The IoT – who wins, who loses?

IoT is helping make privacy and autonomy the preserve of the powerful. As technology’s glare increases, it’s imperative we question who benefits from it

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A very interesting read from the UK, on the costs that we as employees and consumers of IoT products may be embracing without our own knowledge of what we are giving away in the bargain for an intelligent device to assist us at work or at home. What the author calls surveillance capitalism, a worthwhile read for the well informed.   –  “I tried to point out that privacy is something you have a lot less of the less powerful you are, especially in an employment relationship. It is supposed to be a right, not a luxury good. But the employees subjected to the tracking, data-gathering and zero-hours coercion the internet of things makes possible and profitable will not be the well-educated geeks who can jump to the next start-up when they tire of the free coffee (and realise they need a new chip implanted for the new photocopier). They will be the hotel cleaners, the retail warehouse pickers, the security guards and the harried carers.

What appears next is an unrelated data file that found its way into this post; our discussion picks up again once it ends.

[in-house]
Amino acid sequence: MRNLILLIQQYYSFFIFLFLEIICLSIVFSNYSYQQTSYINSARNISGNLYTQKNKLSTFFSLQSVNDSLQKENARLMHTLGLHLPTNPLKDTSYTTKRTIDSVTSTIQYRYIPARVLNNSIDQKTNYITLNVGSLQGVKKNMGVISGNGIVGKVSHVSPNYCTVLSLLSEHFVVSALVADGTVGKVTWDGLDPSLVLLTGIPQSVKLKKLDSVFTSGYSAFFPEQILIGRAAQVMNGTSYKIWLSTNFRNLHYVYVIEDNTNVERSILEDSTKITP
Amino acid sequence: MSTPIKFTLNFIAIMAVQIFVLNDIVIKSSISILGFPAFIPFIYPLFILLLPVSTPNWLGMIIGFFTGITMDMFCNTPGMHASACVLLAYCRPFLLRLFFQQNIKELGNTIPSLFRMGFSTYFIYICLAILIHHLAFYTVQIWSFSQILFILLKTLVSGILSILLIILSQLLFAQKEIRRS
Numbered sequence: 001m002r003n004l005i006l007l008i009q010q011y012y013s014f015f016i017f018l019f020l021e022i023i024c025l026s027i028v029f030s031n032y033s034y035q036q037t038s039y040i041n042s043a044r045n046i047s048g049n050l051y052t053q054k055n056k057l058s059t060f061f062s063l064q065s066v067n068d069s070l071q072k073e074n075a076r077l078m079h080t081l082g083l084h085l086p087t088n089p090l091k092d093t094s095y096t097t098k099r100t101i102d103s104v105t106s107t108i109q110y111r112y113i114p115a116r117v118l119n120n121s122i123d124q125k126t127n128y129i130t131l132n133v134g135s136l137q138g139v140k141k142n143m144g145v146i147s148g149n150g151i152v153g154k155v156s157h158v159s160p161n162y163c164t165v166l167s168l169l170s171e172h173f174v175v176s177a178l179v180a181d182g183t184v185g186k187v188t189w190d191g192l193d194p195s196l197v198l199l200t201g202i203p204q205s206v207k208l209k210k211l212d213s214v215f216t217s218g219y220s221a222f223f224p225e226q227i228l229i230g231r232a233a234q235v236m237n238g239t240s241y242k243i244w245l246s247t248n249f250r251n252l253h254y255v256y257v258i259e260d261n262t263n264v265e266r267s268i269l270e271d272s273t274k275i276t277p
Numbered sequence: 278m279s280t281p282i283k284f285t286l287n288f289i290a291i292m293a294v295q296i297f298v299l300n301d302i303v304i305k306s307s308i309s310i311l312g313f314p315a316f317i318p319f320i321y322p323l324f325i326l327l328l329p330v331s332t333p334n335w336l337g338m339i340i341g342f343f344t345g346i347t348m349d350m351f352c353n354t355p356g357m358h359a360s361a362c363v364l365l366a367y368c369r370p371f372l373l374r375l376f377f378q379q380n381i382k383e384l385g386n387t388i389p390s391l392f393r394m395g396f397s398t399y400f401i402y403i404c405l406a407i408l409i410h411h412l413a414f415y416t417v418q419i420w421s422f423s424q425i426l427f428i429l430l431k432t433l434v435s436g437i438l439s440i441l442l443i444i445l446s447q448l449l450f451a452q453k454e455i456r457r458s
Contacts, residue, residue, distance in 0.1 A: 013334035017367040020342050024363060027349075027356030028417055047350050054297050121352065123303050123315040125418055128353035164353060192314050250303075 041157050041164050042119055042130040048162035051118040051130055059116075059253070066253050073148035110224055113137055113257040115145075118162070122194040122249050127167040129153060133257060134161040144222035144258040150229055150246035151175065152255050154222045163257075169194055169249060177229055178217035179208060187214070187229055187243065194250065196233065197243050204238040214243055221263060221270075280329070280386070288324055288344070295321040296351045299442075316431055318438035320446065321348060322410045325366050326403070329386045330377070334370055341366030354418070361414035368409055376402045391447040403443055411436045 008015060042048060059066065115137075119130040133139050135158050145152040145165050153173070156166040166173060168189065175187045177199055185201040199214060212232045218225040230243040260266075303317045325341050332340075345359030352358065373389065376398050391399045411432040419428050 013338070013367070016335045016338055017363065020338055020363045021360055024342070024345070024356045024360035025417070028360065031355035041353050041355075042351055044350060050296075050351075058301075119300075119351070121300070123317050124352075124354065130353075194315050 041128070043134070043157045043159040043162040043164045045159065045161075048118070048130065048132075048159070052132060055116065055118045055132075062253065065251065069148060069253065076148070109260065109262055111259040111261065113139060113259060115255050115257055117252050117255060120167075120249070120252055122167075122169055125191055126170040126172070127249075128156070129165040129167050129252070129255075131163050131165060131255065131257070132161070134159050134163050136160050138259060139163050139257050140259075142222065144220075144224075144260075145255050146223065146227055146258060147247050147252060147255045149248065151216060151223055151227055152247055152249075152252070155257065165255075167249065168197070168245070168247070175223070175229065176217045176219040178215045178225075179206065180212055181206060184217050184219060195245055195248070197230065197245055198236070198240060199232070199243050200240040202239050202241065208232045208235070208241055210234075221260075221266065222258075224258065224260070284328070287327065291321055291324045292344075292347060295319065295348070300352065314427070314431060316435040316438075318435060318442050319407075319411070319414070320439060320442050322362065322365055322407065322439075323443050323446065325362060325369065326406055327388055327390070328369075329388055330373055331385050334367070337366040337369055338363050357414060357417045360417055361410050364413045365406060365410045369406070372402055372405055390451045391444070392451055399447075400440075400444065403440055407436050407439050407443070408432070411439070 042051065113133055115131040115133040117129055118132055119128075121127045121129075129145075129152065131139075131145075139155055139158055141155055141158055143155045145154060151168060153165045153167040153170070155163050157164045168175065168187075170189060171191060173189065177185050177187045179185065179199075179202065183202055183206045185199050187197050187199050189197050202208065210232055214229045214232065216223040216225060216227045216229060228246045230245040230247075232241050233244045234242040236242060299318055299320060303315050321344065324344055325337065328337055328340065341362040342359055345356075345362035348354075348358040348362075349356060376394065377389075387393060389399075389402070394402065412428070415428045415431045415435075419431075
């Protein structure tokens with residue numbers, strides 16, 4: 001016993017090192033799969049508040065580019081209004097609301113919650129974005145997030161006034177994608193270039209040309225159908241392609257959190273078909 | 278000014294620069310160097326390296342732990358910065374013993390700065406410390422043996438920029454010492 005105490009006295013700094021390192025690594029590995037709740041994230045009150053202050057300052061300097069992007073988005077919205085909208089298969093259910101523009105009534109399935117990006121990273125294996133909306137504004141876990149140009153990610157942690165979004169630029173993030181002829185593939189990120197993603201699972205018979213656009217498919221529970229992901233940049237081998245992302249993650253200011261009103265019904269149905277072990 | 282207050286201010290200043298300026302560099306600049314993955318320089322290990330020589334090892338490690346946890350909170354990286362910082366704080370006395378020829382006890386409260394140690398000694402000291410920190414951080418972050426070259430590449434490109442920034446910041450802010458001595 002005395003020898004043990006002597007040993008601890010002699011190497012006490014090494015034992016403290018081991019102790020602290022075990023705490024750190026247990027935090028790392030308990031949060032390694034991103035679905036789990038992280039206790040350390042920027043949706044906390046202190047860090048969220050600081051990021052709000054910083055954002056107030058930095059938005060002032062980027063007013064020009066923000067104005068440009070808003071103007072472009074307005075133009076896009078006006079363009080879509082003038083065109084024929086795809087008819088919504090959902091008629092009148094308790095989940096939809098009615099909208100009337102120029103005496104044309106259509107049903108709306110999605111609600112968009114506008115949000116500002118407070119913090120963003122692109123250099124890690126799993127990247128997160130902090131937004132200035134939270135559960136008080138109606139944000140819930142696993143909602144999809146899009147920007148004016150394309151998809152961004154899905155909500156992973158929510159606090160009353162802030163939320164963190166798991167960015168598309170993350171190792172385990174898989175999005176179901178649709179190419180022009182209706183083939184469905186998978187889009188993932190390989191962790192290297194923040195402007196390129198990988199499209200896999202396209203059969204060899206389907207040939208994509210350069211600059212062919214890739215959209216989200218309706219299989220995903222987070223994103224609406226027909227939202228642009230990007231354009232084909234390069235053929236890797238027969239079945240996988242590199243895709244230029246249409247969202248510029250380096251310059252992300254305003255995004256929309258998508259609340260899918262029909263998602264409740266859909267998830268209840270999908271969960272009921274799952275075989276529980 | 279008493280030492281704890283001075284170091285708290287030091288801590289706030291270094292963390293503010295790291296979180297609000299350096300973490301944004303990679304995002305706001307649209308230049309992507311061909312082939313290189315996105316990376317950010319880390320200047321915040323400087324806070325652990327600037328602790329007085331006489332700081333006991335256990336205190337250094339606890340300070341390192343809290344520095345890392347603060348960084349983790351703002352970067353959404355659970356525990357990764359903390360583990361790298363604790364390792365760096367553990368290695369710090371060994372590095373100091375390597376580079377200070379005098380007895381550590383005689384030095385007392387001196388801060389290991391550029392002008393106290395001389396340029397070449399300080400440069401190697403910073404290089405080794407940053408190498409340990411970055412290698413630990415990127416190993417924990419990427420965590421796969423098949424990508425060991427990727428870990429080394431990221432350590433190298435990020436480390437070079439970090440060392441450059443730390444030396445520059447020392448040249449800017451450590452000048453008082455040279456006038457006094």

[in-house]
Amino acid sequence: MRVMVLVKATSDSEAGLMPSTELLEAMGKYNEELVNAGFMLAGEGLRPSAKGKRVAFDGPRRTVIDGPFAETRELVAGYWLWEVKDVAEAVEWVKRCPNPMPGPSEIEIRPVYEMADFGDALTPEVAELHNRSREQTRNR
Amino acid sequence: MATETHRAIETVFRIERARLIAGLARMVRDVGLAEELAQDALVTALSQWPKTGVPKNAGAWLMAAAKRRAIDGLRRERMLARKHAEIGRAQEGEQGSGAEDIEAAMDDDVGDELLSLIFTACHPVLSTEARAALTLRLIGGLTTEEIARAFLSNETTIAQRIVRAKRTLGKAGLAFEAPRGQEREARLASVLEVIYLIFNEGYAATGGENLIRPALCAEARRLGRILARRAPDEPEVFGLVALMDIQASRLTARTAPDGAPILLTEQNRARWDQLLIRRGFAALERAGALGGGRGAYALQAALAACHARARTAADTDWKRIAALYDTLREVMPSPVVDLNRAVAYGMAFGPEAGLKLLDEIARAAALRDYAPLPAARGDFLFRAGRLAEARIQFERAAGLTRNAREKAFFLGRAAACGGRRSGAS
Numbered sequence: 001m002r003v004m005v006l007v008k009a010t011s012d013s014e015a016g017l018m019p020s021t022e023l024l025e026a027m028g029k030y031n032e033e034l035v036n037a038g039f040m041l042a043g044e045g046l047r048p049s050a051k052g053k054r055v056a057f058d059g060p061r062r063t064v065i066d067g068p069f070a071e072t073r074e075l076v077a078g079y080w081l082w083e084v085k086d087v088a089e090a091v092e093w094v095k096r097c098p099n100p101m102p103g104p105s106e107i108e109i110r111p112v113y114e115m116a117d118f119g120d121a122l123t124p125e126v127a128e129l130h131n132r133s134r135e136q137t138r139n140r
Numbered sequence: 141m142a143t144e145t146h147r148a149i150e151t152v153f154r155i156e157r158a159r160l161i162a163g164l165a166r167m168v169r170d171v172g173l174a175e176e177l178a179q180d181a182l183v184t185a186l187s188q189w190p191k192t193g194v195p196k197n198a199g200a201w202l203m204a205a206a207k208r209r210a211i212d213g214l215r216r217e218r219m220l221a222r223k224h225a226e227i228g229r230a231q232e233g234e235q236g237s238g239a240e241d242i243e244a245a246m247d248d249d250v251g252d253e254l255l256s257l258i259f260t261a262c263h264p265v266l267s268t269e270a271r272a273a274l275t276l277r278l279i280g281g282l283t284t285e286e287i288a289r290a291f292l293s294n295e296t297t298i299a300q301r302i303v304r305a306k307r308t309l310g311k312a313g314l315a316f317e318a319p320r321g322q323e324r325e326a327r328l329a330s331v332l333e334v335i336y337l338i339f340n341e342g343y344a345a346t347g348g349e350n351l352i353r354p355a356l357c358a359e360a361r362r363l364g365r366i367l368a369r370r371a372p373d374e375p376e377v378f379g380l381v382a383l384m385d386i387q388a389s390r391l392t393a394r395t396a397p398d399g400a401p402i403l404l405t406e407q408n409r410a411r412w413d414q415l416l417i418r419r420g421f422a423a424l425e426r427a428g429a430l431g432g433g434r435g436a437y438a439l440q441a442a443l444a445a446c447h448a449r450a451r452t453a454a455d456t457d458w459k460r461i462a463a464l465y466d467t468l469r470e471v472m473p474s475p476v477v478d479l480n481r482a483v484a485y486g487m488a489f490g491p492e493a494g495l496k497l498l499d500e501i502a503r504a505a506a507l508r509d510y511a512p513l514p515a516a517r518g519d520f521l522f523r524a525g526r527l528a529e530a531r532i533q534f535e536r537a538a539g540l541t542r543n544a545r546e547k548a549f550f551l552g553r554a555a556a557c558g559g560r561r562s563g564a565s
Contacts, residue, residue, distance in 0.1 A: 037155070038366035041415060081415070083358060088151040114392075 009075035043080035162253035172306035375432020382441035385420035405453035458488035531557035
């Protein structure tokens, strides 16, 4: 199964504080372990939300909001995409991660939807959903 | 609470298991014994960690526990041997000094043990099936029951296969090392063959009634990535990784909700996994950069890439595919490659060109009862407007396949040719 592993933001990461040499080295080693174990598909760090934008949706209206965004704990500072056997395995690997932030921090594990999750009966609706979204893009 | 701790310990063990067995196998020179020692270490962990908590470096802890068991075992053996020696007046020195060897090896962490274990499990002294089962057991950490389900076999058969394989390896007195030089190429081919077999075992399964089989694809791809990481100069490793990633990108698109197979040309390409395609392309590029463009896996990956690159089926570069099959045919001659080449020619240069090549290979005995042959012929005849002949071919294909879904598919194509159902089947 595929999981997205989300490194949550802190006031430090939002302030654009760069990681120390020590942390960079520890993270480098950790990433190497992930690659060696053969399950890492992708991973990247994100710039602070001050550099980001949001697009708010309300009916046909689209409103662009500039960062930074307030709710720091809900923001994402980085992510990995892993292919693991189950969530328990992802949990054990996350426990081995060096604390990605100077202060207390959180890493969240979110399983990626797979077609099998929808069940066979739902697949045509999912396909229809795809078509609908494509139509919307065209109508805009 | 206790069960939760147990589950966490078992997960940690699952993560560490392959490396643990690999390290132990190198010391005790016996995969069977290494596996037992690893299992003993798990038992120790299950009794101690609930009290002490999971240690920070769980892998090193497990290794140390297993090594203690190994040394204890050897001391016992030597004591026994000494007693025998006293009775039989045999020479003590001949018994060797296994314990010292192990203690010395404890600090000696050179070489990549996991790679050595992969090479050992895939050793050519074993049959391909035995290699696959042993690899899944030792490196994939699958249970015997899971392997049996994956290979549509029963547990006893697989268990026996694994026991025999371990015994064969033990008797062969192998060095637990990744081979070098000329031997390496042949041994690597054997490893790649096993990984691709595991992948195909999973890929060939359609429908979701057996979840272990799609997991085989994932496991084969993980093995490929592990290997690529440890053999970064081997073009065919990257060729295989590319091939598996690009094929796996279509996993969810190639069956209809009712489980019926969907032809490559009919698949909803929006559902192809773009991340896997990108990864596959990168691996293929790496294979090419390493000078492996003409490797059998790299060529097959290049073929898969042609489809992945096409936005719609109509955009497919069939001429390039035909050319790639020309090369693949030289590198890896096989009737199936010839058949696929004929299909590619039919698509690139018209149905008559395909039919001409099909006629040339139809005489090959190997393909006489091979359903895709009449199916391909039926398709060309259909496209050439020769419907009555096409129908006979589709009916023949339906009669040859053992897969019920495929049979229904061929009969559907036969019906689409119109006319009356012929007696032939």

Surveillance capitalism is not the only way. Let’s stop thinking of privacy as something to do with data protection, as a set of information rights that can be banished by the magic spell of “consent”. Privacy is just another name for autonomy, for the ability to use a little intelligence and independence in our work – however “lowly” – for the right to simply be in a public space without needing an excuse or a credit card, for the ability to look through that one-way mirror and see who is looking back at us.

See on Scoop.itInternet of Things – Technology focus


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